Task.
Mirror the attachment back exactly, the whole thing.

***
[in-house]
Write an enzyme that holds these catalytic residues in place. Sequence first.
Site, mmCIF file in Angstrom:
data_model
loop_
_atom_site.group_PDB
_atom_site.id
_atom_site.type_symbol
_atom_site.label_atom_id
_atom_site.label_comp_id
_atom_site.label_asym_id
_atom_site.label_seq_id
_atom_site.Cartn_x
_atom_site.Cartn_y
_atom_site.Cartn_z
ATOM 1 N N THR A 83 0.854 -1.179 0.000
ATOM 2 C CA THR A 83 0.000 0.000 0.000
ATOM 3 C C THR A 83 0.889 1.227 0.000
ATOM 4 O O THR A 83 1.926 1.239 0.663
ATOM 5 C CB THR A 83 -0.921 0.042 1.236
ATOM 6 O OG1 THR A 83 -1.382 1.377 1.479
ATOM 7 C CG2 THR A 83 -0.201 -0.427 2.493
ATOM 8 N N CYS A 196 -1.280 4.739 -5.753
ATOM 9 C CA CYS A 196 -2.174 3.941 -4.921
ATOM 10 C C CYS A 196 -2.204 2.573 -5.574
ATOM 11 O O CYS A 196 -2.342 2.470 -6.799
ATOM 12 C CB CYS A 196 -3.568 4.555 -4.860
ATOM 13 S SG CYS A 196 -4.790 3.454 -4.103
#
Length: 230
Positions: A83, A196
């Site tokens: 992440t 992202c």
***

[in-house]
Write an enzyme that holds these catalytic residues in place. Sequence first.
Site, mmCIF file in Angstrom:
data_model
loop_
_atom_site.group_PDB
_atom_site.id
_atom_site.type_symbol
_atom_site.label_atom_id
_atom_site.label_comp_id
_atom_site.label_asym_id
_atom_site.label_seq_id
_atom_site.Cartn_x
_atom_site.Cartn_y
_atom_site.Cartn_z
ATOM 1 N N THR A 83 0.854 -1.179 0.000
ATOM 2 C CA THR A 83 0.000 0.000 0.000
ATOM 3 C C THR A 83 0.889 1.227 0.000
ATOM 4 O O THR A 83 1.926 1.239 0.663
ATOM 5 C CB THR A 83 -0.921 0.042 1.236
ATOM 6 O OG1 THR A 83 -1.382 1.377 1.479
ATOM 7 C CG2 THR A 83 -0.201 -0.427 2.493
ATOM 8 N N CYS A 196 -1.280 4.739 -5.753
ATOM 9 C CA CYS A 196 -2.174 3.941 -4.921
ATOM 10 C C CYS A 196 -2.204 2.573 -5.574
ATOM 11 O O CYS A 196 -2.342 2.470 -6.799
ATOM 12 C CB CYS A 196 -3.568 4.555 -4.860
ATOM 13 S SG CYS A 196 -4.790 3.454 -4.103
#
Length: 230
Positions: A83, A196
């Site tokens: 992440t 992202c």